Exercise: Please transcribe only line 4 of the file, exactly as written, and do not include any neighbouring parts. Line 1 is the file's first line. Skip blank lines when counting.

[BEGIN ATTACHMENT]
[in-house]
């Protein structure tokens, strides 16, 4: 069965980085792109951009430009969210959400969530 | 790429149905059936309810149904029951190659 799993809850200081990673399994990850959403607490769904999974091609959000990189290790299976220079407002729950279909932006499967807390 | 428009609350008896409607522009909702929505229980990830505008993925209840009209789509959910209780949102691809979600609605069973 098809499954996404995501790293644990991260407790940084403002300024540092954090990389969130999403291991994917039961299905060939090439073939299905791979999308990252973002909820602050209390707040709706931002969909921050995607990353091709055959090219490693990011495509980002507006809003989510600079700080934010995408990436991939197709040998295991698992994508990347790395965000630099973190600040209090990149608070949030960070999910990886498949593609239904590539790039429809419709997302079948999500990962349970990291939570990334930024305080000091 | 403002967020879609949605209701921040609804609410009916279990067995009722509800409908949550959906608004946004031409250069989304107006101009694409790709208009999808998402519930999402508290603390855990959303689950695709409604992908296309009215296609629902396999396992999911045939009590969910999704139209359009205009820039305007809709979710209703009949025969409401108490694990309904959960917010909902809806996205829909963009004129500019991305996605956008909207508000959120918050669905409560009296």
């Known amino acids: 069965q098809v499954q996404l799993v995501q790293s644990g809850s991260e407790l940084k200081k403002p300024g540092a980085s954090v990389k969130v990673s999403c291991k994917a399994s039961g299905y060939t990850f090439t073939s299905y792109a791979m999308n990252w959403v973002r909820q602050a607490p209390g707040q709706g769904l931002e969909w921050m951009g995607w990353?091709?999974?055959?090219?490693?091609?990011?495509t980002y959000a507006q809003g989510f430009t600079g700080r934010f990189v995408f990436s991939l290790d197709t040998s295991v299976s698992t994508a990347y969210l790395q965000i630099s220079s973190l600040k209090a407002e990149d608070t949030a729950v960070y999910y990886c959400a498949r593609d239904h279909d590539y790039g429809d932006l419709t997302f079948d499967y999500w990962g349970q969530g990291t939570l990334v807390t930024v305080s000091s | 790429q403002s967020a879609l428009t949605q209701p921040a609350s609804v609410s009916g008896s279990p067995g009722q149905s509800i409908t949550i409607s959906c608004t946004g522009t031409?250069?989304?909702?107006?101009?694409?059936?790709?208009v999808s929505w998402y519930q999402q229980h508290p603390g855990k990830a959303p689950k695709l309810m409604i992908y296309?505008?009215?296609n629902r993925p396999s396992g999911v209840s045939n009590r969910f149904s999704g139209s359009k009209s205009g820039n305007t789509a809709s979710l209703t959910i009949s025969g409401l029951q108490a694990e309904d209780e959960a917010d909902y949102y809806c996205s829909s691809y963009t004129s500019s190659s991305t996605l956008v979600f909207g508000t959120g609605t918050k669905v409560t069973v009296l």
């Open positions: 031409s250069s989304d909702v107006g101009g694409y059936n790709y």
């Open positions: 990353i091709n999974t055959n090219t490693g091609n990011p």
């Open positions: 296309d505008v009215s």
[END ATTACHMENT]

């Open positions: 031409s250069s989304d909702v107006g101009g694409y059936n790709y």